With their elongated shape, Torino tomatoes might seem like just another type of tomato. That’s without considering the exceptional amount of lycopene it contains!
To avoid certain severe illnesses and issues related to old age, it’s a good habit to take on, to eat these tomatoes and relish both taste and health benefits!
A tomato with high levels of lycopene
Lycopene is a red pigment that occurs naturally in all tomato varieties, and in watermelon and grapefruit, too. It’s technically a tetraterpene that’s classified in the carotene group. This is, in a few words, an antioxidant hydrocarbon that is naturally present in our bodies. Lycopene is said to have a protective impact against prostate cancer, and generally contributes to reducing cardio-vascular diseases.
The Torino tomato has around 40 mg of lycopene where other tomatoes only average about 5 mg. In addition, this variety has particularly high amounts of vitamins E, C and beta-carotene. This generous tomato, also called the “anti-aging tomato”, seems to help the body fight against cell destruction and limit loss of cognitive functions.
How to grow the Torino tomato
Sowing torino tomato seeds:
- Sow in trays filled with a blend of soil mix and sand.
- Place the tray in a sheltered, luminous place where the temperature hovers between 60 and 65°F (15 and 20°C).
- Once the young sprouts germinate, transfer them to a cold greenhouse or to a cooler spot, as long as it doesn’t freeze. This step aims to harden them and make the sprouts more resistant.
- When 3-4 leaves have appeared on the young seedlings, transfer them to individual nursery pots.
- Once any risk of frost has subsided, plant them in a sun-bathed area of your vegetable patch, sheltered from stronger winds.
- Maintain a distance between seedlings of about 30 inches (80 cm) apart.
- As you’re working on the planting and turning the soil over, take the time to add a little compost and fit a stake for each plant right from the start. It’ll guide the vine and hold it up as it grows.
Apply a layer of mulch to retain soil moisture, you won’t need to water as often.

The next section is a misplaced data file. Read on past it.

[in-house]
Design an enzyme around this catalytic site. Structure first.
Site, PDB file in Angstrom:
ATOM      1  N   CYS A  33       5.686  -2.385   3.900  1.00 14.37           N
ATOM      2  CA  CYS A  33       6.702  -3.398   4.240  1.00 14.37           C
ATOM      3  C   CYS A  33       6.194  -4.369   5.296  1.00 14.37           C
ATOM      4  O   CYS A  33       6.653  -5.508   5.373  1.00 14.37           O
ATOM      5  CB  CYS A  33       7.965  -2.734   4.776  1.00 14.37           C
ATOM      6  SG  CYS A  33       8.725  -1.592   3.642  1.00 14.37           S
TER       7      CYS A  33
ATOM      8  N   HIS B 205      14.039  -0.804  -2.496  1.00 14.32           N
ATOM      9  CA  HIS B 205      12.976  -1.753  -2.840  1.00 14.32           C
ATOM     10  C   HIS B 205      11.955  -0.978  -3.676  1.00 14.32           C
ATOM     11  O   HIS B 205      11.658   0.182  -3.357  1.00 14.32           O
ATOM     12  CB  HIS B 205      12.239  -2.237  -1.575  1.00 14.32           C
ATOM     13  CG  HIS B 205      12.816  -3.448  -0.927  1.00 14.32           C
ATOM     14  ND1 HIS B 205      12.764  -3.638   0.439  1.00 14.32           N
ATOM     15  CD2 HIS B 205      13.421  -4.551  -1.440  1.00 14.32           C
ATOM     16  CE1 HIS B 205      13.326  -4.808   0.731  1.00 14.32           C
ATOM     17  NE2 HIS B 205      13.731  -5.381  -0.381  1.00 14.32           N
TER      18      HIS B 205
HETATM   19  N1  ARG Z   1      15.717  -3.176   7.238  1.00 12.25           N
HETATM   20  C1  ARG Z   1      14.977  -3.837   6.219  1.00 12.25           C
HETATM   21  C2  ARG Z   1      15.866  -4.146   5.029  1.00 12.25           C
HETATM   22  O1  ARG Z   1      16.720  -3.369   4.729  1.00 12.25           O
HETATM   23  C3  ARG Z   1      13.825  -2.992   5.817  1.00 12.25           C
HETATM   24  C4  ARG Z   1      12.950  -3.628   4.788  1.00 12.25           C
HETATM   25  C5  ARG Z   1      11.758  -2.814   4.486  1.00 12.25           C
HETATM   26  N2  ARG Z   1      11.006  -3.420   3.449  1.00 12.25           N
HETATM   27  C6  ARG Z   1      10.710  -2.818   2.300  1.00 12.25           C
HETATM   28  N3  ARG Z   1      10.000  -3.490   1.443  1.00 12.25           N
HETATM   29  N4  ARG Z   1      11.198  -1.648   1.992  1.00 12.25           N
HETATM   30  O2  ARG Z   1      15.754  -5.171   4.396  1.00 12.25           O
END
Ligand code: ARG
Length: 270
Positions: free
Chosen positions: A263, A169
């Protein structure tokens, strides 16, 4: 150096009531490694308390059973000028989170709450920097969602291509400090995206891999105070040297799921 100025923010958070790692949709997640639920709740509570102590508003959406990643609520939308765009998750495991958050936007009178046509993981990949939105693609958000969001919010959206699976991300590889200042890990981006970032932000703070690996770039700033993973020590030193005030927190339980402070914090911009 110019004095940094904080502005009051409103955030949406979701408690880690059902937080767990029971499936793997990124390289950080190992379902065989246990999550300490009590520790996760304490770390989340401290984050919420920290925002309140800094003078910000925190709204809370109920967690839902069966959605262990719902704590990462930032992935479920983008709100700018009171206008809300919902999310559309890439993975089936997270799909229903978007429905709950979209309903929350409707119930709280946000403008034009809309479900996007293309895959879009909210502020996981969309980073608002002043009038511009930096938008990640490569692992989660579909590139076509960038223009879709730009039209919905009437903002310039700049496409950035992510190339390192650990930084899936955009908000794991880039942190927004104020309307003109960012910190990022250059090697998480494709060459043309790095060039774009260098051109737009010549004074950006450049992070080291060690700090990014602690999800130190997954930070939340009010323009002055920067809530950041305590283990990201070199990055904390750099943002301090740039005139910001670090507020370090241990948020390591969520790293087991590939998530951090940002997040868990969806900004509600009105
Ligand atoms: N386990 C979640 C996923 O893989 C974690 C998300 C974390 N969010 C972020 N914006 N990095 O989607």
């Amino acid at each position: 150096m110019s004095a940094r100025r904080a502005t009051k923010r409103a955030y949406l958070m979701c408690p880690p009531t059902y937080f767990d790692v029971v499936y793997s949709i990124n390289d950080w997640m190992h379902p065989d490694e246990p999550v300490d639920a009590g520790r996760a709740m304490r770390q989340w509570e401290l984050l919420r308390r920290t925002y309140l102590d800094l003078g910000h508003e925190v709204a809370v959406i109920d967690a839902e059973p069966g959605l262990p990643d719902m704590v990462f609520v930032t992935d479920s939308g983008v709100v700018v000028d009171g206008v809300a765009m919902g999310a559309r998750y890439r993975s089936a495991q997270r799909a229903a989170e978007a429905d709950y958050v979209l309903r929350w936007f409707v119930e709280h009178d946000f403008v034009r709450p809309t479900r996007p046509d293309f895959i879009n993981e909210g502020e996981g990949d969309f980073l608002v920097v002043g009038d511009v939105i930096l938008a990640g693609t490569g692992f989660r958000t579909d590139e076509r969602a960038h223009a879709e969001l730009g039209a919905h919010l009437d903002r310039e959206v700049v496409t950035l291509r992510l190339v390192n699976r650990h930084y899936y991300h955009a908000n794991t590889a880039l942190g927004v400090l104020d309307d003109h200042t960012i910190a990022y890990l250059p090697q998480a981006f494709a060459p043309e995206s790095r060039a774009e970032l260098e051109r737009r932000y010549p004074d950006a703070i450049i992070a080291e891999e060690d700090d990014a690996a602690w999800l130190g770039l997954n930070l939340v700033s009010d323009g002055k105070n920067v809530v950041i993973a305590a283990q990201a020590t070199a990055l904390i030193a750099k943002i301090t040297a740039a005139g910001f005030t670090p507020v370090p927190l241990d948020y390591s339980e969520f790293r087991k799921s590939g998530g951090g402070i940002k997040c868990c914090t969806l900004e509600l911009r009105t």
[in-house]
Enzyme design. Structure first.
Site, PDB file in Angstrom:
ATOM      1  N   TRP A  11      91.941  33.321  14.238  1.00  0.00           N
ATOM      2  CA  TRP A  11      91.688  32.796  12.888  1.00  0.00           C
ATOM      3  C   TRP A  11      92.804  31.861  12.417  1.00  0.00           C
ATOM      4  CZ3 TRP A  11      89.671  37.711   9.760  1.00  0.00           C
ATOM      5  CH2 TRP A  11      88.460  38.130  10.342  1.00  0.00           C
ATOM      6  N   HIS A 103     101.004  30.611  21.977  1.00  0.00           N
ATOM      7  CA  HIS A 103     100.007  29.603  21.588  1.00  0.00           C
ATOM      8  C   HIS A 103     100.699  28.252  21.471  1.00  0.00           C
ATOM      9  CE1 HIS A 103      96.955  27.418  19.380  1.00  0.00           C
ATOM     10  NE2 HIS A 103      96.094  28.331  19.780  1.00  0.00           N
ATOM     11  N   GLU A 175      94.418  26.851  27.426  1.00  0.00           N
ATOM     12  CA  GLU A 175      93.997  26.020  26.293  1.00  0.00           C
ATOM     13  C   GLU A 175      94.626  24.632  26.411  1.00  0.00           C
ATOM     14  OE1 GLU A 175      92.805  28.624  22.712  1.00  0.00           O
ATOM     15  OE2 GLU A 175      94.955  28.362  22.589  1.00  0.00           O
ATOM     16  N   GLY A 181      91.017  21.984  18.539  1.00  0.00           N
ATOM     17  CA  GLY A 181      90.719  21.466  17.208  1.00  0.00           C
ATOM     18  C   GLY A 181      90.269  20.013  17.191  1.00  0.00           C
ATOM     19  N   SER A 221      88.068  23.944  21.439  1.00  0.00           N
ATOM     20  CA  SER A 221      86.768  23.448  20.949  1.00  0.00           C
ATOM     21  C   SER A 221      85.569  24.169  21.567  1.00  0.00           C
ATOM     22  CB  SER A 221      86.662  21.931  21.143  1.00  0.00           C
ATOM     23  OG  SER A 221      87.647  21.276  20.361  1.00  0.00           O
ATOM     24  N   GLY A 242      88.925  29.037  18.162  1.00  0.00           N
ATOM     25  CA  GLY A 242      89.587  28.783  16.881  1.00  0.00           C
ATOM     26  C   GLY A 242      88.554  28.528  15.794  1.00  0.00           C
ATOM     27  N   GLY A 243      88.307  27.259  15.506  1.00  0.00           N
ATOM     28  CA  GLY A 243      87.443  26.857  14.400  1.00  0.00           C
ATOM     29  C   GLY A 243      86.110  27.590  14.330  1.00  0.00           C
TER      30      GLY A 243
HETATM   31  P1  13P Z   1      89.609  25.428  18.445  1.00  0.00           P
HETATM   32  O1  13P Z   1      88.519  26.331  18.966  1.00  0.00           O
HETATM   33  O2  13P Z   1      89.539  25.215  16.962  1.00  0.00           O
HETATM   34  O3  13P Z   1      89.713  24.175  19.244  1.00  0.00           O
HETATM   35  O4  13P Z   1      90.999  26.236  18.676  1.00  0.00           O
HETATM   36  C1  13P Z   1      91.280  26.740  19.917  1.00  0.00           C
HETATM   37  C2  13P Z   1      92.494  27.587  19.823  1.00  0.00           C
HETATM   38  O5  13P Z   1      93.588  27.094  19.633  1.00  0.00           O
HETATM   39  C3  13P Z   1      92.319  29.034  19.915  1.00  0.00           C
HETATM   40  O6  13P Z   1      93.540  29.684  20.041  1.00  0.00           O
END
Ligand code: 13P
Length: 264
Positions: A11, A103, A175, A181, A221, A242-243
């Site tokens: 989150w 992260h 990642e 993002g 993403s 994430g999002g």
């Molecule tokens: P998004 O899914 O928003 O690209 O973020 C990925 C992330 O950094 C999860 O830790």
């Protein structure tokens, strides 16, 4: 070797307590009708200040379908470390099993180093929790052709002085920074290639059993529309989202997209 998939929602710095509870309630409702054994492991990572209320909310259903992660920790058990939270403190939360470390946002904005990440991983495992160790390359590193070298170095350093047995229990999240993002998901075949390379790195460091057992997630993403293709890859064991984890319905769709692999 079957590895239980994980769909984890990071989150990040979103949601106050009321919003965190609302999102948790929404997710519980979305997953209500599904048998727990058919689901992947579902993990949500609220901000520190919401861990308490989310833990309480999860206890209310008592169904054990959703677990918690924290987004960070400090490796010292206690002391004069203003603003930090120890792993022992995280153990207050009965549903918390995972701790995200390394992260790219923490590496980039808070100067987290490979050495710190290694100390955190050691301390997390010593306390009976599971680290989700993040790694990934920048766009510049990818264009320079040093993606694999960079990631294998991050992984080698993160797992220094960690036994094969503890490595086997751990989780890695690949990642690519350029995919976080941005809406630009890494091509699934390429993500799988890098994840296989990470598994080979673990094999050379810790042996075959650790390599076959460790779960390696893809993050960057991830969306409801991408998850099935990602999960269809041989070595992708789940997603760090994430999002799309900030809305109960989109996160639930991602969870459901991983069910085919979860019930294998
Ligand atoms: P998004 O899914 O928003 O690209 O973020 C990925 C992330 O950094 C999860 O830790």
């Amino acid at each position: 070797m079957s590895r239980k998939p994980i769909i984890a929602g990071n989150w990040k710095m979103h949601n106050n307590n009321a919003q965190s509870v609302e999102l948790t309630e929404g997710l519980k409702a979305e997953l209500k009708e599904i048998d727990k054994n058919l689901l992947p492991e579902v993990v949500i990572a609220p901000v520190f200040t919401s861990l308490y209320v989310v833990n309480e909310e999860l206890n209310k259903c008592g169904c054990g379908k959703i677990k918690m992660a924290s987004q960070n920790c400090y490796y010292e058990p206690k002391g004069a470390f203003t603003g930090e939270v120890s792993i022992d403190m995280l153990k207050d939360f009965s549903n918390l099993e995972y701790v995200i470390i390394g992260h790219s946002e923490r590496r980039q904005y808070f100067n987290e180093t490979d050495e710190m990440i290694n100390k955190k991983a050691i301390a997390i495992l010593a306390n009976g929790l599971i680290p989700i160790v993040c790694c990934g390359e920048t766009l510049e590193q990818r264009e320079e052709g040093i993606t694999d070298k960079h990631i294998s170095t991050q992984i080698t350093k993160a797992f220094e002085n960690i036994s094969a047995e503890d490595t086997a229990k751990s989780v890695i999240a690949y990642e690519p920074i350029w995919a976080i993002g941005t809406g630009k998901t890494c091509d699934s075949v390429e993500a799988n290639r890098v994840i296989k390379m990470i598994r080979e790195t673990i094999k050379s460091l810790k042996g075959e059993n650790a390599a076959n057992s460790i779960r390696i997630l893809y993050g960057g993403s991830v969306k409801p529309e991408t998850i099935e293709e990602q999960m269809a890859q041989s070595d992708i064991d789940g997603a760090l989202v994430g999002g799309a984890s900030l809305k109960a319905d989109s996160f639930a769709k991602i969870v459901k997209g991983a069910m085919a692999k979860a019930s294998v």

This has an added benefit: lower stems won’t touch the ground directly, and they won’t catch any diseases linked to moisture.
Harvesting Torino tomatoes
Torino fruit harvest takes place between July and September. The dream situation is when you harvest the fruits as you need them, in order to maximize their freshness and medicinal properties.
To check whether a tomato is ripe, look at the color. Since this is a red-colored variety, the more red the fruit, the riper it is for picking. Once ready for the harvest, the skin softens and they’re easy to pull off the plant.
To keep them longest, avoid the fridge and, instead, free a shelf for them in a cool room. This will make sure their sweet, juicy and tangy taste keeps for a long time.
Cooking with Torino tomato
Afficionados will claim that a dash of olive oil is all that’s needed, while others also add a few slices of mozzarella. A good thing to know is that cooking increases the quantity of lycopene. Indeed, heat makes cells burst, releasing their contents.
If you really want to reap the health benefits of this tomato, best use it for sauce, ratatouille, or to bake them in the oven, mediterranean-style. The long shape it has means you can slice it into identical round slices that are just the right size for mozzarella slices!
It’s a favorite for pies, wraps and pizzas, all in all just as good for the body as it is for the gourmet soul!
Price of Torino tomatoes?
In supermarkets, they’re sold at around 5-6 dollars for a couple pounds (4 pounds or 6 € per kilo). Go ahead and sow them, it’s easy to find packets of seeds that are about 2 dollars, pounds or € for a dozen or more seeds. Not only is sowing and growing them yourself much more affordable, it’s simply magical to bite into tomatoes you’ve grown and harvested yourself!